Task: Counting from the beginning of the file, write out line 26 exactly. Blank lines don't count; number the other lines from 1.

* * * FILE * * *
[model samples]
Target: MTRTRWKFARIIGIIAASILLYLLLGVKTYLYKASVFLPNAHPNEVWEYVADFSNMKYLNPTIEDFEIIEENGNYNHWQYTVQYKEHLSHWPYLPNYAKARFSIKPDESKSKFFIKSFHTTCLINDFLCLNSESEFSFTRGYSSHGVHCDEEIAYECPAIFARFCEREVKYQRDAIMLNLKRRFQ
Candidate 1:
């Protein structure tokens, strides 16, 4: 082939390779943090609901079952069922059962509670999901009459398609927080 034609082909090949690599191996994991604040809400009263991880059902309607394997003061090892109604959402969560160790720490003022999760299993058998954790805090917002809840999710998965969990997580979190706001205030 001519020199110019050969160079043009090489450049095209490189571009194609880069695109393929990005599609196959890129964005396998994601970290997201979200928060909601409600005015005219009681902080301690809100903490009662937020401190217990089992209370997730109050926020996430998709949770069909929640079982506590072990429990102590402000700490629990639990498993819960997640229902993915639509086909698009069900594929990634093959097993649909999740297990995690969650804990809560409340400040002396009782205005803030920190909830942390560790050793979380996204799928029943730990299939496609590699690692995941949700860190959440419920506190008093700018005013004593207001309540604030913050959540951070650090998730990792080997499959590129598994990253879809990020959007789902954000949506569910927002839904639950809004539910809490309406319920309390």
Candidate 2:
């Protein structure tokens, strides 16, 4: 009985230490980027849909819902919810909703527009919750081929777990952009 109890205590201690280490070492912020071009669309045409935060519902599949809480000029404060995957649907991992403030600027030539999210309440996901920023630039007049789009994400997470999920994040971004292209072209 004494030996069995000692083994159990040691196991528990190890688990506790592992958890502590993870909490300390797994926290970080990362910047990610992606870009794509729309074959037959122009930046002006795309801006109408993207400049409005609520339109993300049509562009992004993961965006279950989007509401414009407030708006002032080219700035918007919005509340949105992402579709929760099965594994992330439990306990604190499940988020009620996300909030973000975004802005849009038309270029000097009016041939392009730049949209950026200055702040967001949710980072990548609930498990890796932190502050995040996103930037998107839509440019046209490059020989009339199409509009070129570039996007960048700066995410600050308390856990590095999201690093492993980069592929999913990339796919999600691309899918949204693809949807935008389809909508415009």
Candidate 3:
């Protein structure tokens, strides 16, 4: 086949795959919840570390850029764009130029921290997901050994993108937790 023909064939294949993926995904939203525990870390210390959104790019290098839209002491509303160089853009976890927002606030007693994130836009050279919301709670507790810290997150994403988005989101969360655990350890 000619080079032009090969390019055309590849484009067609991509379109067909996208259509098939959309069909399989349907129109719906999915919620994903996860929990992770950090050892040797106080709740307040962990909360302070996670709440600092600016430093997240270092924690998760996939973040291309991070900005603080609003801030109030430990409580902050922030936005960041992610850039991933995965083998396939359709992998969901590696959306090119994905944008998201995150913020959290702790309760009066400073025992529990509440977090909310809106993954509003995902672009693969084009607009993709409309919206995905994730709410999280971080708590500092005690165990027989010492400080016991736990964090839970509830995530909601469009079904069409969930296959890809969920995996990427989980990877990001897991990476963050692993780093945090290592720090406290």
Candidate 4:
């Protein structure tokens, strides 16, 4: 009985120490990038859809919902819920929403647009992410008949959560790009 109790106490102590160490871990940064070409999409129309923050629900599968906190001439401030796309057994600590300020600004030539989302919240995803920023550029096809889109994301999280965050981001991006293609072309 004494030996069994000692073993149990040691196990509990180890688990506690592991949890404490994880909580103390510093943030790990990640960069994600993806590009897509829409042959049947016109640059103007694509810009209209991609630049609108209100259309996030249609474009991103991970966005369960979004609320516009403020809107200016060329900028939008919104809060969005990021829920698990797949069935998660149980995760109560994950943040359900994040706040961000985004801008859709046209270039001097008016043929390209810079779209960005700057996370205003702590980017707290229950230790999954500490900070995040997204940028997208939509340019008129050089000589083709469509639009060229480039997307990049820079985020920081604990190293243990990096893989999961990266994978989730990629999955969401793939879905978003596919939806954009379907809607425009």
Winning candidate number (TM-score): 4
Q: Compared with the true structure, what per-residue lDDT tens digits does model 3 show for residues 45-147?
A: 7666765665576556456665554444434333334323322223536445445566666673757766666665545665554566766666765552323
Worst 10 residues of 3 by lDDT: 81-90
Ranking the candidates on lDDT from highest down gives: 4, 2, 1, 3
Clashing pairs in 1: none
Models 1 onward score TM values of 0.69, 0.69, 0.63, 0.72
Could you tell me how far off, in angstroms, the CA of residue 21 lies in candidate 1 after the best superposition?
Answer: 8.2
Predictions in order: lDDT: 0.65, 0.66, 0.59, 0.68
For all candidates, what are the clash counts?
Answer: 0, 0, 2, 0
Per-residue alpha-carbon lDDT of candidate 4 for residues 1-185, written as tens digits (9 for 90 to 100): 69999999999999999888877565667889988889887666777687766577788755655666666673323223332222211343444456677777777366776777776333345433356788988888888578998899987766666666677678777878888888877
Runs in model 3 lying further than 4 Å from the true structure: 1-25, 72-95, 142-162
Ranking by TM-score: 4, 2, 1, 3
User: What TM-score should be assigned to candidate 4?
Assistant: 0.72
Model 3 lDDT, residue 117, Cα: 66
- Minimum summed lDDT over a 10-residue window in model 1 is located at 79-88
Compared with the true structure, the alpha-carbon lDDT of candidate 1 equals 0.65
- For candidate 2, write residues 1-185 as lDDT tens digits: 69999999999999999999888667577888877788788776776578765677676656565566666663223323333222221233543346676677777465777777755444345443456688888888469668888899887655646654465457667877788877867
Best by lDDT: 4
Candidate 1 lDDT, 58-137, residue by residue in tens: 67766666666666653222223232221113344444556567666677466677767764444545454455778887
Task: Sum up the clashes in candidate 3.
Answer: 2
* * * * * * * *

User: What TM-score should be assigned to candidate 4?